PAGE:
Every day you will probably come across something that could be improved. If you're not making improvements, you're going backwards. But don't make suggestions or criticisms without being specific.
"Do you know our sales process is pretty bad, what are you going to do about it?"
- Figure: Bad Example - Nonspecific criticism
When you find a problem, pinpoint it directly (and recommend a solution):
"The current sales process is pretty bad. It does not ensure that a prospect is followed up by a phone call within 7 days of an initial meeting. Please create a workflow in CRM, have it tested by the sales manager, and then we will email the sales team to inform them about the improvement."
- Figure: Good Example - Offering criticism in this way ensures that something will happen to fix the problem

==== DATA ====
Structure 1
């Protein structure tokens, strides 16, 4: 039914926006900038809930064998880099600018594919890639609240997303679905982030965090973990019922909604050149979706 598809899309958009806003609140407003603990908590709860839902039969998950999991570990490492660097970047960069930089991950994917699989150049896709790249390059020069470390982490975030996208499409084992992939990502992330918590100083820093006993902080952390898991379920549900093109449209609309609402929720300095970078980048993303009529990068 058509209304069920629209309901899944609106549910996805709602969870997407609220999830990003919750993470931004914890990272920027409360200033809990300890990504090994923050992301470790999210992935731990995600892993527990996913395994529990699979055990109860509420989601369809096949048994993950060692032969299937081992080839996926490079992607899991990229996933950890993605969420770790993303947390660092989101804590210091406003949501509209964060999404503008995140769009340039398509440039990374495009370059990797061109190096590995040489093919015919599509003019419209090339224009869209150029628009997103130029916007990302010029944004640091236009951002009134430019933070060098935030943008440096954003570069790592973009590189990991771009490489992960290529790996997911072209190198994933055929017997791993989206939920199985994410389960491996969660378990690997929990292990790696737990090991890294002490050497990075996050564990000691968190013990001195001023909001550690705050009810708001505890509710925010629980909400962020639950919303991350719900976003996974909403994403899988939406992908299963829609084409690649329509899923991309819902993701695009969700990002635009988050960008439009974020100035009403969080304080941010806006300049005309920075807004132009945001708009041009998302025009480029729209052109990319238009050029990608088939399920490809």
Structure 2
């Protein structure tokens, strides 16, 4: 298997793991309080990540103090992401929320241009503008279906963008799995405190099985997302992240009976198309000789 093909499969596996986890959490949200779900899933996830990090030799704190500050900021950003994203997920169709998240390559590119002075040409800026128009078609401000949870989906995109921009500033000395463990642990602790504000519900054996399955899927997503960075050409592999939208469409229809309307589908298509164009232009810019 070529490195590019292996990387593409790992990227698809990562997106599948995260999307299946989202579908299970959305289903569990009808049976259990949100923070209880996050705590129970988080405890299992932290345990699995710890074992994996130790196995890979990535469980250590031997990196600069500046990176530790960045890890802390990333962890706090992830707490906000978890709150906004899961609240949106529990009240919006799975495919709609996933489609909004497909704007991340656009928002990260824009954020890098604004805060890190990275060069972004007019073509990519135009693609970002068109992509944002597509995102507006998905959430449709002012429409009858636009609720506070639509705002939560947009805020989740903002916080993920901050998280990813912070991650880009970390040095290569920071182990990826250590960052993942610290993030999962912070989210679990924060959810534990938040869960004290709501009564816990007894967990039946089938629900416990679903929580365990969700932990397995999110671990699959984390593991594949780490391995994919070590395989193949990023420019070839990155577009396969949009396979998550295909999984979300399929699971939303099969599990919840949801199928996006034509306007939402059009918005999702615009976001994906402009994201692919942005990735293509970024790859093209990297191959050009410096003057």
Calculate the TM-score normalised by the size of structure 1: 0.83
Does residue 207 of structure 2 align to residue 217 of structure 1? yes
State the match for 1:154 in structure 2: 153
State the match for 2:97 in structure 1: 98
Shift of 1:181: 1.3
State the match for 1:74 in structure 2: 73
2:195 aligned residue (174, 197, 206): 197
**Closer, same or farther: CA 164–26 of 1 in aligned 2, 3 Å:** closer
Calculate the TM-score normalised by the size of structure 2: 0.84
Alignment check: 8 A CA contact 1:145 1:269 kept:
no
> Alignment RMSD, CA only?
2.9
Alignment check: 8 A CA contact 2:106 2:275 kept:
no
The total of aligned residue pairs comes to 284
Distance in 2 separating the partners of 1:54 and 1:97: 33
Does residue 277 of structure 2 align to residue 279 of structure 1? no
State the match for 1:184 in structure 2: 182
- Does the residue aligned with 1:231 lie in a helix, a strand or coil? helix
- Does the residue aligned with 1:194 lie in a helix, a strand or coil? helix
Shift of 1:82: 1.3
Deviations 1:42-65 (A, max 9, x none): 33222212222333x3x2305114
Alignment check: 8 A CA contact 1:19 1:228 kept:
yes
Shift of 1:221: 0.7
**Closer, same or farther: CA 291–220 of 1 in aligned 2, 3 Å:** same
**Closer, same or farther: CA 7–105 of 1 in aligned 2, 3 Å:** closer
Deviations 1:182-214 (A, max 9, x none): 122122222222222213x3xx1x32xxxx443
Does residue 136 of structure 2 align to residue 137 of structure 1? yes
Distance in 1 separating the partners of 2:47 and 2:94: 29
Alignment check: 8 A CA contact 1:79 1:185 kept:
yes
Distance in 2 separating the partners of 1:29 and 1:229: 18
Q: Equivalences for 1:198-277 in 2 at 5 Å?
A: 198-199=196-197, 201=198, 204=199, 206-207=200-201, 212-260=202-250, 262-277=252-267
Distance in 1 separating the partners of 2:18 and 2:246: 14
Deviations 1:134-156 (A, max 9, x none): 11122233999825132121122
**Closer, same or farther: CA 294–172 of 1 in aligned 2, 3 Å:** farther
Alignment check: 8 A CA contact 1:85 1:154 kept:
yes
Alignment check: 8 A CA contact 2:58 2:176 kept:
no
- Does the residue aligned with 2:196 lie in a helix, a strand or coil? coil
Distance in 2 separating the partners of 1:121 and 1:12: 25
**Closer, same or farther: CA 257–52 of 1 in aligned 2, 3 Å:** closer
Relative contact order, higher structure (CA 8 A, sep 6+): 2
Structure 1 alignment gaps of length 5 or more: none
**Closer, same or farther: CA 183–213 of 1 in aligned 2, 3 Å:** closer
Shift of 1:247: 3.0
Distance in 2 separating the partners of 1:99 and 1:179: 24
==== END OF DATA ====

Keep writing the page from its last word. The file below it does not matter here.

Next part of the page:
"Not done, please try again" Figure: Bad Example - If they don't immediately know what to fix, this might end up in their "too hard" bucket and never get done"
"Not done, you missed the second requirement" The specific missed requirement lets them quickly fix the mistake
Of course, there are times that you can 'feel' that a problem exists, but you may not even be sure how are unable to pinpoint it or can't think of a good solution. In this instance you should speak to someone who you think may be able to identify a solution, come to an agreement, and then request that action be taken.
When criticism is generic, it is impossible to know what to fix.